positively blushed for her wicked powers of deception.

"_You_ here, Mr. Mansfield!" she cried in a tone of the most apparently
unaffected astonishment, "why, I thought it was full term time; surely
you ought to be up at Oriel."

"So I am," I answered, "officially; but in my private capacity I've come
up for the day to look at the pictures."

"Oh, how nice!" said that shocking little Nora, with a smile that was
childlike and bland. "Mr. Mansfield is such a great critic, Mrs.
Worplesdon; he knows all about art, and artists, and so on. He'll be
able to tell us which pictures we ought to admire, you know, and which
aren't worth looking at. Mr. Worplesdon, let me introduce you; Mrs.
Worplesdon--Miss Worplesdon. How very lucky we should have happened to
come across you, Mr. Mansfield!"

The Worplesdons fell immediately, like lambs, into the trap so
ingenuously spread for them. Indeed, I have always noticed that
ninety-nine per cent. of the British public, when turned into an
art-gallery, are only too glad to accept the opinion of anybody
whatsoever, who is bold enough to have one, and to express it openly.
Having thus been thrust by Nora into the arduous position of critic by
appointment to the Worplesdon party, I delivered myself _ex cathedrâ_
forthwith upon the merits and demerits of the entire exhibition; and I
was so successful in my critical views that I not only produced an
immense impression upon Mr. Worplesdon himself, but also observed many
ladies in the neighbourhood nudge one another as they gazed intently
backward and forward between wall and catalogue, and heard them whisper
audibly among themselves, "A gentleman here says the flesh tones on that
shoulder are simply marvellous;" or, "That artist in the tweed suit
behind us thinks the careless painting of the ferns in the foreground
quite unworthy of such a colourist as Daubiton." So highly was my
criticism appreciated, in fact, that Mr. Worplesdon even invited me to
lunch with Nora and his party at a neighbouring restaurant, where I
spent the most delightful hour I had passed for the last half-year, in
the company of that naughty mendacious little schemer.

About four o'clock, however, the Worplesdons departed, taking Nora with
them to South Kensington; and I prepared to walk back in the direction
of Paddington, meaning to catch an evening train, and return to Oxford.
I was strolling in a leisurely fashion along Piccadilly towards the
Park, and looking into all the photographers' windows, when suddenly an
awful apparition loomed upon me--the Professor himself, coming round the
corner from Bond Street, folding up a new rhinoceros-handled umbrella as
he walked along. In a moment I felt that all was lost. I was up in town
without leave; the Professor would certainly see me and recognize me; he
would ask me how and why I had left the University, contrary to rules;
and I must then either tell him the whole truth, which would get Nora
into a fearful scrape, or else run the risk of being sent down in
disgrace, which might prevent me from taking a degree, and would at
least cause my father and mother an immense deal of unmerited trouble.

Like a flash of lightning, a wild idea shot instantaneously across my
brain. Might I pretend to be my own double? The Professor was profoundly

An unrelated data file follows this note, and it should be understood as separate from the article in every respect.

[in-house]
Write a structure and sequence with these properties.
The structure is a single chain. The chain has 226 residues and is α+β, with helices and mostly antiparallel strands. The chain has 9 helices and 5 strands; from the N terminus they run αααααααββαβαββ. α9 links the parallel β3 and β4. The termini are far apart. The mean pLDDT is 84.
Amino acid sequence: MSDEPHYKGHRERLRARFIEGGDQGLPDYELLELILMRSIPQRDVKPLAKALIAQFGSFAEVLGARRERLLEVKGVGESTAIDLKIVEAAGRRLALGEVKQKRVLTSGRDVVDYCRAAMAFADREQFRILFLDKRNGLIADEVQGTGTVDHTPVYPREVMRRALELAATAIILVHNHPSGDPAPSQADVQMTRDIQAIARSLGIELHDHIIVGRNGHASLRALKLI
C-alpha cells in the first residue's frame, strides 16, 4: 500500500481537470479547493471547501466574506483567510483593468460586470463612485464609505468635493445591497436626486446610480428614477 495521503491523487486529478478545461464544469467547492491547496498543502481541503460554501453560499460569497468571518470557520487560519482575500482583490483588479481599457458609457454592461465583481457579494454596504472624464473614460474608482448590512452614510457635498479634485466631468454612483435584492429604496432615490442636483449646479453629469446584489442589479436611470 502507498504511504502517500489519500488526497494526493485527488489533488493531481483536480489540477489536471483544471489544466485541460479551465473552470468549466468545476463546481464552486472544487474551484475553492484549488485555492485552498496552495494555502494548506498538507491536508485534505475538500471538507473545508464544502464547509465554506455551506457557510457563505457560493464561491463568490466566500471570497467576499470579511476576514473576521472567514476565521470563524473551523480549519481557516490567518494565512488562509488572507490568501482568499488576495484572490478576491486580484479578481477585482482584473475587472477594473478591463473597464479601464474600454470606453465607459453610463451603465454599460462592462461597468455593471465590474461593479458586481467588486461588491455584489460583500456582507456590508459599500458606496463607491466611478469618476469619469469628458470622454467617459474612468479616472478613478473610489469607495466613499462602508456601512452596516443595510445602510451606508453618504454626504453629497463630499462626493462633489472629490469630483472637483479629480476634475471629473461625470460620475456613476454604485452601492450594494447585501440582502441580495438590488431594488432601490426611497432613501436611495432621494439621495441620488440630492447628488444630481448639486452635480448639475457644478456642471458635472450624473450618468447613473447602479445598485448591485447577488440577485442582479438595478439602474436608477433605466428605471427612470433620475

superstitious on the subject of wraiths, apparitions, ghosts,
brain-waves, and supernatural appearances generally; if I could only
manage to impose upon him for a moment by doing something outrageously
uncommon or eccentric, I might succeed in stifling further inquiry by
setting him from the beginning on a false track which he was naturally
prone to follow. Before I had time to reflect upon the consequences of
my act, the wild idea had taken possession of me, body and soul, and had
worked itself out in action with all the rapidity of a mad impulse. I
rushed frantically up to the Professor, with my eyes fixed in a vacant
stare on a point in space somewhere above the tops of the chimney-pots:
I waved my stick three times mysteriously around his head; and then,
without giving him time to recover from his surprise or to address a
single word to me, I bolted off in a Red Indian dance to the nearest
corner.

There was an hotel there, which I had often noticed before, though I had
never entered it; and I rushed wildly in, meaning to get out as best I
could when the Professor (who is very short-sighted) had passed on along
Piccadilly in search of me. But fortune, as usual, favoured the bold.
Luckily, it was a corner house, and, to my surprise, I found when I got
inside it, that the hall opened both ways, with a door on to the side
street. The porter was looking away as I entered; so I merely ran in of
one door and out of the other, never stopping till I met a hansom, into
which I jumped and ordered the man to drive to Paddington. I just caught
the 4.35 to Oxford, and by a little over six o'clock I was in my own
rooms at Oriel.

It was very wrong of me, indeed; I acknowledge it now; but the whole
thing had flashed across my undergraduate mind so rapidly that I carried
it out in a moment, before I could at all realize what a very foolish
act I was really committing. To take a rise out of the Professor, and to
save Nora an angry interview, were the only ideas that occurred to me at
the second: when I began to reflect upon it afterwards, I was conscious
that I had really practised a very gross and wicked deception. However,
there was no help for it now; and as I rolled along in the train to
Oxford, I felt that to save myself and Nora from utter disgrace, I must
carry the plot out to the end without flinching. It then occurred to me
that a double apparition would be more in accordance with all recognized
principles of psychical manifestation than a single one. At Reading,
therefore, I regret to say, I bought a pencil, and a sheet of paper, and